Overview Hydrogeological Survey Report
Groundwater behaviour in the Indian subcontinent is highly complicated due to diverse geological formations with significant lithological and chronological variations, a complex tectonic framework, climatological differences, and various hydrochemical conditions. Several studies have revealed that aquifer groups in alluvial/soft rocks extend beyond the surface basin boundaries. A hydrogeological survey investigates a specific area's subsurface hydrologic and geologic parameters. The data gathered during such a study can be used to create hydrogeological maps. It entails a survey of the water-bearing levels as well as filtration capacity of rocks. Furthermore, the inherent ability of rocks to store or resist water is also evaluated. The pressure, category, and quality of groundwater are all recorded, as is the intensity of the water flow through pores or fractures. Hydrogeological survey reports have been conducted in the study area to understand better the local geology, geomorphology, drains network, aquifer qualities, and well yield.
What is Hydrogeology
Hydrogeology is the branch of geology concerned with the dispersion and groundwater movement in the earth's crust's soil and rocks, most commonly in aquifers. As a result, various components influencing the hydrogeological regime of the study area have been investigated. Underground water systems are formed by the complex combination of different depositional and institutional types within an area, creating an aquifer where groundwater moves and accumulates. The district's hydrogeology varies significantly depending on the geomorphological and geological setting and soil characteristics.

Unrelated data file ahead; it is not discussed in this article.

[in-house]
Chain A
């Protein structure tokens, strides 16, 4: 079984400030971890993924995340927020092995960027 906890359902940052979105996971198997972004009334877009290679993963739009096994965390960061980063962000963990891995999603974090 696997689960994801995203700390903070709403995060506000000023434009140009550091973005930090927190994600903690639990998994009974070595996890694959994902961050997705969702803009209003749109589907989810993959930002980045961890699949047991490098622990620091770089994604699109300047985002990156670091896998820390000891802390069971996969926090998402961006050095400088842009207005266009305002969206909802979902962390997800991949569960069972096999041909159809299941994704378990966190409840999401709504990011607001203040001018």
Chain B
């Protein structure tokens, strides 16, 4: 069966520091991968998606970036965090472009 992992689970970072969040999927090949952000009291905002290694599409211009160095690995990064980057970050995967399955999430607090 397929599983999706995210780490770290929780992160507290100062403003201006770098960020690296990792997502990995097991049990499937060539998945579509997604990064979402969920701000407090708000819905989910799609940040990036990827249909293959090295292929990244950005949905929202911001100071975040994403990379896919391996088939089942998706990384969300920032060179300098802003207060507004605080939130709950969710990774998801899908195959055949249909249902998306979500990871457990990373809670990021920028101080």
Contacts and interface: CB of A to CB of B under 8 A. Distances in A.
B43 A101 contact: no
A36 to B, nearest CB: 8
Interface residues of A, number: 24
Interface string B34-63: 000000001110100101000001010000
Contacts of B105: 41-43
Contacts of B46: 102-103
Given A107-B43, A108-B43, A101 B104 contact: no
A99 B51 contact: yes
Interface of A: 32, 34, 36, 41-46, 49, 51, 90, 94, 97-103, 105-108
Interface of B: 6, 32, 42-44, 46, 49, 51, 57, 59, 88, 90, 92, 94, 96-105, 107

The Importance of Hydrogeological Survey Report
To determine the underground water level, such as in case of drilling a borewell, a hydrogeological survey is performed to determine the and quantity and quality of water available at a specific location. Underground water has long been recognised as a superior source of drinking water as compared to surface water. This is because of the following factors:
- Lower pollution risk, especially if it is away from sanitary work.
- Groundwater gets naturally purified
- as water flows through sand and stone.
- The possibility of contamination is reduced as borewells remain closed.
- Regardless of the season, the water temperature is always desirable.
- Summer has a higher chance of water availability because the water sources are located at a deeper level.
Groundwater is a sustainable option that could solve a water crisis for specific regions in the current situation, where pure, unpolluted water is scarce. However, determining the amount and quality of accessible groundwater at the requisite location can be difficult. Hydrogeological survey methods can recognise groundwater sources and predict produce and water quality. The assessment of the subsurface layer of rocks also facilitates the assembling of critical information about the future utility of groundwater. As a result, a hydrogeological survey report is required to provide sound recommendations for borehole drilling that will aid in acquiring high-quality groundwater for human consumption.
Component of Hydrogeological Survey Report
Typically, the hydrogeological assessment may be basic or complete. A basic survey includes the following: